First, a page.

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The World Trade Organization (WTO) came into being in 1995. One of the youngest of the international organizations, the WTO is the successor to the General Agreement on Tariffs and Trade (GATT) established in the wake of the Second World War. While the WTO is still young, the multilateral trading system that was originally set up under GATT is well over 50 years old. The past 50 years have seen an exceptional growth in world trade.

It is the only global international organization dealing with the rules of trade between nations. It has nearly 150 members, accounting for over 97% of world trade. Around 30 other countries are currently negotiating membership.

The multilateral trade system was developed through a series of trade negotiations, or rounds, held under GATT. The first rounds dealt mainly with tariff reductions but later negotiations included other areas such as anti-dumping and non-tariff measures. The last round – the 1986-1994 Uruguay Round – led to the WTO’s creation. In 1997, further negotiations considered wide-ranging liberalization measures in telecommunications services. Negotiations were held for tariff-free trade in information technology products, banking, insurance, securities and financial information. In 2000, new talks started on agriculture and services. These have now been incorporated into a broader work programme, the Doha Development Agenda (DDA), launched at the fourth WTO Ministerial Conference in Doha, Qatar, in November 2001. The agenda adds negotiations and other work on non-agricultural tariffs, trade and environment, WTO rules such as anti-dumping and subsidies, investment, competition policy, trade facilitation, transparency in government procurement, intellectual property, and a range of issues raised by developing countries as difficulties they face in implementing the present WTO agreements.

Objective of the WTO

The WTO’s overriding objective is to help trade flow smoothly, freely, fairly and predictably.

It does this by:

  • Administering trade agreements
  • Acting as a forum for trade negotiations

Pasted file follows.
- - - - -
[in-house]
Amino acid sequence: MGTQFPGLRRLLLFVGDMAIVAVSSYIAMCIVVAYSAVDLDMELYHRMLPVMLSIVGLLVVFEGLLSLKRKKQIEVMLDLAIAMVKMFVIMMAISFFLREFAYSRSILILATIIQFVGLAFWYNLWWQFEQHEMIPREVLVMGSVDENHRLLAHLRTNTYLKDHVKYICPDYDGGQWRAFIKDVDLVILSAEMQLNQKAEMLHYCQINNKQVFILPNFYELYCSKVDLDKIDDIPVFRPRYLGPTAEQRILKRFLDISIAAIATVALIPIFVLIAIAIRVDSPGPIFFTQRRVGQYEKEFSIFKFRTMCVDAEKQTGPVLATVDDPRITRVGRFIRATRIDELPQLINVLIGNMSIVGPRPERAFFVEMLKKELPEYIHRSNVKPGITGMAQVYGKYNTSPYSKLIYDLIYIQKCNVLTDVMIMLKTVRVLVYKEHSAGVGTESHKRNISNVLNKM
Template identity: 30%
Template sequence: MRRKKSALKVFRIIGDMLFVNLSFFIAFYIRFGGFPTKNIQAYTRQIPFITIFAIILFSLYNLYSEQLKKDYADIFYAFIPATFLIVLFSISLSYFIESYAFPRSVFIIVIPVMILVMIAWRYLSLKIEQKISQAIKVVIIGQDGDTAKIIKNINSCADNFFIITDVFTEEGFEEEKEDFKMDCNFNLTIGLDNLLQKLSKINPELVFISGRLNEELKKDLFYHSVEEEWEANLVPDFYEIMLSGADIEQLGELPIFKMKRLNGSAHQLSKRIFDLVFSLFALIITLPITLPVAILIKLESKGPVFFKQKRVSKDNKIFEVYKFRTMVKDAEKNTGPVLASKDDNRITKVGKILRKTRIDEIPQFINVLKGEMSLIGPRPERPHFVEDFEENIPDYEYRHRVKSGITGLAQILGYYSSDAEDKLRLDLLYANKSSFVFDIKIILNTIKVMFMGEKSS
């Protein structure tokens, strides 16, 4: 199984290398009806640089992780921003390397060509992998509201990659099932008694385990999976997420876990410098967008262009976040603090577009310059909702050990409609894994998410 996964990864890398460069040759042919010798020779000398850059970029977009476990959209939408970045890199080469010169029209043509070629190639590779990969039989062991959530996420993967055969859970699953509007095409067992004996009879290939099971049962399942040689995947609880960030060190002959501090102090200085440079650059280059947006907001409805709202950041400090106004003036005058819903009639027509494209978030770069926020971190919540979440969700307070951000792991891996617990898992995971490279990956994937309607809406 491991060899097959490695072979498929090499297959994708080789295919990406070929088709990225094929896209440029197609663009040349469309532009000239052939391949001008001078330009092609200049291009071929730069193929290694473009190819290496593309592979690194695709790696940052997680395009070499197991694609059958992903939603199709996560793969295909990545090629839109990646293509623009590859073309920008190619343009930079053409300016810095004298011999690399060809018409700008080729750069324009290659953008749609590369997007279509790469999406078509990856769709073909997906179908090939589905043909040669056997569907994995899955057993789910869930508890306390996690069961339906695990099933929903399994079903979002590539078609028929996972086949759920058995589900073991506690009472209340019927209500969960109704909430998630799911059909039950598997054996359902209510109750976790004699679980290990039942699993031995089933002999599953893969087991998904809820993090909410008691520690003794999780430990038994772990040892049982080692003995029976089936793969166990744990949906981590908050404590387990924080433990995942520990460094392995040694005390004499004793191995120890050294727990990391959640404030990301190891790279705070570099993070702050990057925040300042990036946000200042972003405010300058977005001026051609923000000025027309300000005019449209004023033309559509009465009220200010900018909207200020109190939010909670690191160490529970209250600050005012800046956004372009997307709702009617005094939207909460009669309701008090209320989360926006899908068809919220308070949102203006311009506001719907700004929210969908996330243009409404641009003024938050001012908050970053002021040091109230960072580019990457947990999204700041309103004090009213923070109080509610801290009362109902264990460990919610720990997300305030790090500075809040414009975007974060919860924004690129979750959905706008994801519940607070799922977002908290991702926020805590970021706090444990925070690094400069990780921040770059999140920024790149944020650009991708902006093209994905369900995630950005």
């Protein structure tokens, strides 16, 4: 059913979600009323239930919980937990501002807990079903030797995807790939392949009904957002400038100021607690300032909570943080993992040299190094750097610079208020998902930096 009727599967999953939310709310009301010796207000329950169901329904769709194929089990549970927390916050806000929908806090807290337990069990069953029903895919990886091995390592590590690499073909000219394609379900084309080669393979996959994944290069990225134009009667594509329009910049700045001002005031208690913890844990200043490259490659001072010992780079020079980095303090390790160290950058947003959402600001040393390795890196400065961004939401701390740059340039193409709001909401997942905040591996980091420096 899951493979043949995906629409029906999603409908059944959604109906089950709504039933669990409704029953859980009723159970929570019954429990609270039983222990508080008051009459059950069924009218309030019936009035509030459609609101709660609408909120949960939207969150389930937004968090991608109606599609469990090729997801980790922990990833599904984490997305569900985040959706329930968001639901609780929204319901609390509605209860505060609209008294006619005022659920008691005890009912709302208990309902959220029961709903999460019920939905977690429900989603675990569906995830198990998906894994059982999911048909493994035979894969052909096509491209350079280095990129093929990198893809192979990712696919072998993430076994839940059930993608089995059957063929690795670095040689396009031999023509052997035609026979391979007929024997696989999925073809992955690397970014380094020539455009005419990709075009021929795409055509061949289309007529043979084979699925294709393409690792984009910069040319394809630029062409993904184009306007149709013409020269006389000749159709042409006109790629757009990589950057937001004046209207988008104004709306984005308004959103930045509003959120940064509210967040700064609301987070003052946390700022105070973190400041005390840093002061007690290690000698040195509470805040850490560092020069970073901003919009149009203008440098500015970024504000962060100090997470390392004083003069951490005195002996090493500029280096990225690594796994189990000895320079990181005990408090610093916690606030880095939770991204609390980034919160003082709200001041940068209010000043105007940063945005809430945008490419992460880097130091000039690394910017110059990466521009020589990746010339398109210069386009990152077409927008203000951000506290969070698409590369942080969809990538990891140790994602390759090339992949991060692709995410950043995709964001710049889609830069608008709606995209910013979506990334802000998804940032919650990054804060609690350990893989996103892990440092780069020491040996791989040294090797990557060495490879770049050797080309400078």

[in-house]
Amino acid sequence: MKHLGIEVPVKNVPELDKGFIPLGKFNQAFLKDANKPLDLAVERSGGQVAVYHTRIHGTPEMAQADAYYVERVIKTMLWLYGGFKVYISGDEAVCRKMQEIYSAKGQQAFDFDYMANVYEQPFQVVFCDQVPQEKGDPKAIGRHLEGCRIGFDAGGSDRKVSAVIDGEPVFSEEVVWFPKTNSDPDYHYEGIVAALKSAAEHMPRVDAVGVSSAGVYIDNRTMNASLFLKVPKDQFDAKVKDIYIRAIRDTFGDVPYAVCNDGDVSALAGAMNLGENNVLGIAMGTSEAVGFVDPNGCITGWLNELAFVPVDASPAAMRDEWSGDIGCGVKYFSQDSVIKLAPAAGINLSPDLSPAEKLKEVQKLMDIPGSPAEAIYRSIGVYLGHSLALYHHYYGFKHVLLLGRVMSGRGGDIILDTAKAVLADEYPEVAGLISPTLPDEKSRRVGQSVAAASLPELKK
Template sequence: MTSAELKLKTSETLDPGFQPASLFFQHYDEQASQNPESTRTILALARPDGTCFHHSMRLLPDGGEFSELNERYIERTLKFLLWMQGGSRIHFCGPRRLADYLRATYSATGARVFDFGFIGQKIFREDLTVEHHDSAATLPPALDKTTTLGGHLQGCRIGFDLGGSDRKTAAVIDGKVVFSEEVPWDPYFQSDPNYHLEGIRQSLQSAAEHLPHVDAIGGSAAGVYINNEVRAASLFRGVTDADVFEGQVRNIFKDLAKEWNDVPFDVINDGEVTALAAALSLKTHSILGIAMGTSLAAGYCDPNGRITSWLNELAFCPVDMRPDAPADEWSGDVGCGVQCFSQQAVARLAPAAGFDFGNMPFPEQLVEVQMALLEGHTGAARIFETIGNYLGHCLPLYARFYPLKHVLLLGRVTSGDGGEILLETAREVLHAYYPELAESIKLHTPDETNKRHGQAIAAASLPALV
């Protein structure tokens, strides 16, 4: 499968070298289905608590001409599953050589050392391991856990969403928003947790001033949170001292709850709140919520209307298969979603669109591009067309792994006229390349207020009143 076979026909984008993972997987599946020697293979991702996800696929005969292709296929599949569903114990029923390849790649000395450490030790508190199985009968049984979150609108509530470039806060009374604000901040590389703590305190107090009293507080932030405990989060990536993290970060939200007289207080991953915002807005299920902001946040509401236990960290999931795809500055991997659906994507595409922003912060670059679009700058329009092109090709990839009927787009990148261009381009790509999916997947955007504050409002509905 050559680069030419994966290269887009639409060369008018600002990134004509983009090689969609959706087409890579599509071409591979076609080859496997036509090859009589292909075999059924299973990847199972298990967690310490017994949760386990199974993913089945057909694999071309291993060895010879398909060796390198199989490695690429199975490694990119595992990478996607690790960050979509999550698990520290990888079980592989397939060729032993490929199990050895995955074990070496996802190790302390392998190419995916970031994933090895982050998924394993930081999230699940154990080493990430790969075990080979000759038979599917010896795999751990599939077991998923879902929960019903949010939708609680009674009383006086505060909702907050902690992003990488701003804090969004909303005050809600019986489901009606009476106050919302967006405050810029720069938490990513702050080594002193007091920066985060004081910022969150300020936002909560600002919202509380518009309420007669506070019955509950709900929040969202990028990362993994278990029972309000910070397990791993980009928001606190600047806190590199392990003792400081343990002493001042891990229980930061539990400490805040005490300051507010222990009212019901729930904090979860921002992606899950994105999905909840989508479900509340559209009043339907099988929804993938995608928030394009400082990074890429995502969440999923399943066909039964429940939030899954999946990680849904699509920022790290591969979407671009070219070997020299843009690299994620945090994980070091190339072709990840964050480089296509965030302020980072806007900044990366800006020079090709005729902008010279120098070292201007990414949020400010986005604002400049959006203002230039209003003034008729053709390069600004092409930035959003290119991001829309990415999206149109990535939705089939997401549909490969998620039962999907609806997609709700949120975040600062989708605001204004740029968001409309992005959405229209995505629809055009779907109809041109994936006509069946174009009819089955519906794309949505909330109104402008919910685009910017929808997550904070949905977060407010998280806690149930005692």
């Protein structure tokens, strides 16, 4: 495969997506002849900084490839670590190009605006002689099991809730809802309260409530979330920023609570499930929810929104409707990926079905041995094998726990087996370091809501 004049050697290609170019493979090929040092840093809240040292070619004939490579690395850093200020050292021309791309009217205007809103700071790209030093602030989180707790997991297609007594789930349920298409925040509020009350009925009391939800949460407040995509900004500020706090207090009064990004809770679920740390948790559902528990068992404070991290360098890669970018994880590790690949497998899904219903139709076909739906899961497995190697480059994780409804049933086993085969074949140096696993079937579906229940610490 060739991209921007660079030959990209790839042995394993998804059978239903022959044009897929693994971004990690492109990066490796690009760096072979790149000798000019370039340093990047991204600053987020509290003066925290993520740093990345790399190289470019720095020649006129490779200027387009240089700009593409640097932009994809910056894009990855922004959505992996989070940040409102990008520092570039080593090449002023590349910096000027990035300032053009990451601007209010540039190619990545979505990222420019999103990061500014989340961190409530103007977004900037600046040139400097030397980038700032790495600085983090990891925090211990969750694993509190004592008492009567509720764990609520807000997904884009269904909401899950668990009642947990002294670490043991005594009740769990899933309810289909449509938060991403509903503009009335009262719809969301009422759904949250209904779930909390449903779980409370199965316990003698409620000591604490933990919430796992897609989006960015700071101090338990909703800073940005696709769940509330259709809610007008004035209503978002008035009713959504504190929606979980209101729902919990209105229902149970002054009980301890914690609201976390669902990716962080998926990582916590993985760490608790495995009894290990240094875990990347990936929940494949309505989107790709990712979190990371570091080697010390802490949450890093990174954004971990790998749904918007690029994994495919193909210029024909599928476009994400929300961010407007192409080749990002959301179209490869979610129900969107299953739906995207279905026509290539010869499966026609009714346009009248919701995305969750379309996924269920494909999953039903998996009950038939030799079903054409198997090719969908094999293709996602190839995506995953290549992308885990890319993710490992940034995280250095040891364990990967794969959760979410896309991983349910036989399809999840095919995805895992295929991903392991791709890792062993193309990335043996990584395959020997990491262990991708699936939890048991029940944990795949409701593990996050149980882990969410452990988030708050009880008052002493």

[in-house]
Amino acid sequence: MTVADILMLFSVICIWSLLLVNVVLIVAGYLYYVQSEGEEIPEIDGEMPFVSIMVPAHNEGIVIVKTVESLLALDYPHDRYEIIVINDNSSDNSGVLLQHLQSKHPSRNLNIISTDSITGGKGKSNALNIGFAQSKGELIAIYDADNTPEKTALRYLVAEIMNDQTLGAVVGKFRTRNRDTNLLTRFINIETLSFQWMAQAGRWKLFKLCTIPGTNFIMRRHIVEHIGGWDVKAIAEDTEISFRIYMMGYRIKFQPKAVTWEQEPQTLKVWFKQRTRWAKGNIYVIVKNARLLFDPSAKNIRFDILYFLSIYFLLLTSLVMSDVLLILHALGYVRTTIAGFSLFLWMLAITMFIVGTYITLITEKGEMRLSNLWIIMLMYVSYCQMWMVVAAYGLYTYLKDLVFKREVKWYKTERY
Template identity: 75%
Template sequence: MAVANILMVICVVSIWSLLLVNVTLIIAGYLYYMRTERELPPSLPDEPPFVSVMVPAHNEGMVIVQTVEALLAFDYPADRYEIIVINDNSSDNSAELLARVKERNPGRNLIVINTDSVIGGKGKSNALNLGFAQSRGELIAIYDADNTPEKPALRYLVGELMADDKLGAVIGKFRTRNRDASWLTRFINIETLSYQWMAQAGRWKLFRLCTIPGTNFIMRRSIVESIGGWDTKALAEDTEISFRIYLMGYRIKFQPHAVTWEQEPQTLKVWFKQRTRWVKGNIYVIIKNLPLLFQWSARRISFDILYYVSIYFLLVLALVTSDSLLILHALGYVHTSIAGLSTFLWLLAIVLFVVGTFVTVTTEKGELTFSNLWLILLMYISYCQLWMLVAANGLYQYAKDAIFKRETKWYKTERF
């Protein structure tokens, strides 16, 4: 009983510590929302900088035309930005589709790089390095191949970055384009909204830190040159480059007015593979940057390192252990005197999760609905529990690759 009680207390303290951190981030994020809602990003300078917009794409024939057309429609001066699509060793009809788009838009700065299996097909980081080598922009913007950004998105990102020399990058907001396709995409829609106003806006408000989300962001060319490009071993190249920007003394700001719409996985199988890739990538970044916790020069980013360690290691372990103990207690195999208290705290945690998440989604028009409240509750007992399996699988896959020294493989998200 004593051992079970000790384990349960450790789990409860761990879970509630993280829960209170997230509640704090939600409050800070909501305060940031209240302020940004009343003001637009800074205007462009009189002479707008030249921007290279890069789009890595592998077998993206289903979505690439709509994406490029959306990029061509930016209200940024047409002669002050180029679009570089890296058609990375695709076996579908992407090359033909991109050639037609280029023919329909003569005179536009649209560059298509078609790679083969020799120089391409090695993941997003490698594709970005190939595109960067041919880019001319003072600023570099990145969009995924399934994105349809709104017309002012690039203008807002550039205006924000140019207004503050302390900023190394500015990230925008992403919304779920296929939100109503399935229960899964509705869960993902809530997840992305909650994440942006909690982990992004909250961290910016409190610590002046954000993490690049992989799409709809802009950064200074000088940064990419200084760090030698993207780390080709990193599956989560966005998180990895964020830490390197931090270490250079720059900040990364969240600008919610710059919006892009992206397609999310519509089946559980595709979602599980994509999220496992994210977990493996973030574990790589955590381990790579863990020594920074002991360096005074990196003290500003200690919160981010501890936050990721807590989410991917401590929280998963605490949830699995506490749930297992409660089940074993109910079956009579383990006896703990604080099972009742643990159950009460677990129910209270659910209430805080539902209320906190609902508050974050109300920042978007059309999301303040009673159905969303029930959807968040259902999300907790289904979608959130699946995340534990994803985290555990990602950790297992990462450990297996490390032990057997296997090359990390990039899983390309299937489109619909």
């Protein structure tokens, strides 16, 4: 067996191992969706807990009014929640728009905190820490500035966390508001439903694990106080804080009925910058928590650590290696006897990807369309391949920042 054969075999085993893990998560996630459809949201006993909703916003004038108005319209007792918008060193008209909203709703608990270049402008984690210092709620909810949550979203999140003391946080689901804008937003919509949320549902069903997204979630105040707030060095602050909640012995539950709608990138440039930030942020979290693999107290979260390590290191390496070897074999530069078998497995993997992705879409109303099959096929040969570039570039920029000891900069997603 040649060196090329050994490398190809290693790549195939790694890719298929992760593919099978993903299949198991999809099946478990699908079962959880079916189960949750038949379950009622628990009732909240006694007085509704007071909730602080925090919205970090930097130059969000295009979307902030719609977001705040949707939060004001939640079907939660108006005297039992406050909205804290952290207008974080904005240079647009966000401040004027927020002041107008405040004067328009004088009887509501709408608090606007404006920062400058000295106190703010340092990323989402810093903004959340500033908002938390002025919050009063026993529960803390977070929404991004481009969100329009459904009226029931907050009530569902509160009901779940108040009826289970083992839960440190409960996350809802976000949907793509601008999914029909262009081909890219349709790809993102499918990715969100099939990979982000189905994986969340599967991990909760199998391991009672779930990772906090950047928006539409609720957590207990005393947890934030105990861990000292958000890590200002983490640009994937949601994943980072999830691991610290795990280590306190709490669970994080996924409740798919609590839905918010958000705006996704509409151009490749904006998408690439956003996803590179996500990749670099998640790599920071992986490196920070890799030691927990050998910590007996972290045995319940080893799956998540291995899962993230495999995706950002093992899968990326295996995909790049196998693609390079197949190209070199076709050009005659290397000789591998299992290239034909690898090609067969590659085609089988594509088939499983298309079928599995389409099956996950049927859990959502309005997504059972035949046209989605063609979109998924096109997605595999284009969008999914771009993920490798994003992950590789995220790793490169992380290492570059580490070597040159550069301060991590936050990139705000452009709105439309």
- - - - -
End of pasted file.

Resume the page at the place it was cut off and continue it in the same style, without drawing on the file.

• Settling trade disputes
  • Reviewing national trade policies
  • Assisting developing countries in trade policy issues, through technical assistance and training programmes
  • Cooperating with other international organizations

Over three-quarters of WTO members are developing or least developed countries. All WTO agreements contain special provision for them, including longer time periods to implement agreements and commitments, measures to increase their trading opportunities, provisions requiring all WTO members to safeguard their trade interests, and support to help them build the infrastructure for WTO work, handle disputes, and implement technical standards.

Structure of the WTO

Decisions are made by the entire membership. This is typically by consensus. A majority vote is also possible but it has never been used in the WTO, and was extremely rare under the WTO’s predecessor, the GATT.

The WTO’s agreements have been ratified in all members’ parliaments. The WTO’s top level decision-making body is the Ministerial Conference which meets at least once every two years.

Below this is the General Council (normally ambassadors and heads of delegation in Geneva, but sometimes officials sent from members’ capitals) which meets several times a year in the Geneva headquarters. The General Council also meets as the Trade Policy Review Body and the Dispute Settlement Body.

At the next level, the Goods Council, Services Council and Intellectual Property (TRIPS) Council report to the General Council. Numerous specialized committees, working groups and working parties deal with the individual agreements and other areas such as the environment, development, membership applications and regional trade agreements.


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